The difference between a goal and intention
Yoga is an inside job. Your experience of the world is yours and yours alone. Every time you practice an āsana, it is up to you to go as far as is right, to notice the thoughts in your mind about the pose or to breathe fully or not. As we progress down the inner yogic path we soon start to learn the difference we have with our goals versus our intentions.
What will make you feel more like you? Like your highest self? My answer: to be easier with life, to stop trying to make things happen and allow them to evolve. What do I want? I want to make more money, buy a house in the mountains with lots of land. I want to teach all over the world. Both are related. One is an inner feeling and the other is what shows up in my life if I feel that way.
In a recent workshop I was teaching, I posed the question, “What’s the difference between a goal and intention?” Goals generally relate to some thing you want or an end result like being more relaxed, getting into a certain pose or getting a promotion at work. Intention is the why behind what it is you want in life. It is the motivating factor.
Let’s look at these two things: goals and intentions. How are they different and how do they relate?
Goals are tools we have all learned to utilize in our lives to help us determine where we are going or what we want to achieve. They are useful tools to help us know where to direct our vital energy energy–or prāṇa. In the end, nearly all goals are an outward focus of our time, energy and effort. They are externally focused on attaining or achieving some thing. Goals relate to what we want in life.
Don’t get me wrong, goals can be very useful. They can help provide motivation and clarity for you and your life. My husband and I have had a goal for the last 10 years to move to the mountains. Goals at work keep you task oriented and help you progress through your day and career. Goals can keep us focused every day or over a long period of time. A goal to lose 10 pounds can help you stay accountable to your workouts.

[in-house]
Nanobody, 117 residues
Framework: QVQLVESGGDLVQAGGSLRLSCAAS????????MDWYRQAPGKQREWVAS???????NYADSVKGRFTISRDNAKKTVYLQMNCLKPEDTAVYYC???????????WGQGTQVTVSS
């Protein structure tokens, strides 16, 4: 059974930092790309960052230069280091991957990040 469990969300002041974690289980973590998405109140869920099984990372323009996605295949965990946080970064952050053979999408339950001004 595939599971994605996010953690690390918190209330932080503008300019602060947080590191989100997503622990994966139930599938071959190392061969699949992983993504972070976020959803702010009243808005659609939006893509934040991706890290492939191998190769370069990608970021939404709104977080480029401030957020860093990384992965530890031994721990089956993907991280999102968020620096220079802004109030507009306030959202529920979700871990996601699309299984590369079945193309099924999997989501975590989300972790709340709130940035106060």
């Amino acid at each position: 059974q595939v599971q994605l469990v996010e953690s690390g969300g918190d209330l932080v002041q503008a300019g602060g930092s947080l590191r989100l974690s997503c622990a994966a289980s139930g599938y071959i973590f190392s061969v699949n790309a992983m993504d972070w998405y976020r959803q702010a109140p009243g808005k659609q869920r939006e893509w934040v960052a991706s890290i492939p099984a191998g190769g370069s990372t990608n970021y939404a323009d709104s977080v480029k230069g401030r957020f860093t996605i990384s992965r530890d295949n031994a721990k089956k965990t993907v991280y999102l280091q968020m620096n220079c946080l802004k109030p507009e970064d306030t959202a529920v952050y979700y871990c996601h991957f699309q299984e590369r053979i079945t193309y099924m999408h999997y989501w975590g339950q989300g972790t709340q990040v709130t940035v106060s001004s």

My family has been saving up for our move and we are now getting ready for a yard sale to clear out the house of things we don’t need. Goals are a wonderful tool to help you stay committed to the things that are important in your life.
I see yoga as a lifestyle and I find ways for my students and myself to live their yoga. A goal in your physical yoga practice might be to hold a crow pose (bakāsana) for 10 breaths. Another goal could be to reach your hands to the floor in a standing forward fold (uttānāsana). This would be great for a person with notoriously tight hamstrings. Maybe kindness is a goal for you. A goal aligned with kindness — ahimsa — could be to find five times a day you can smile at strangers. Perhaps the mind is an obstacle for you so you set a goal to meditate for 15 minutes a day for 40 days straight. These are all great goals to strive towards.
Goals are aligned with desires and results in our lives. Intentions on the other hand are more inwardly aligned with the way we feel about our lives. If you don’t feel good, it won’t matter what goals you achieve.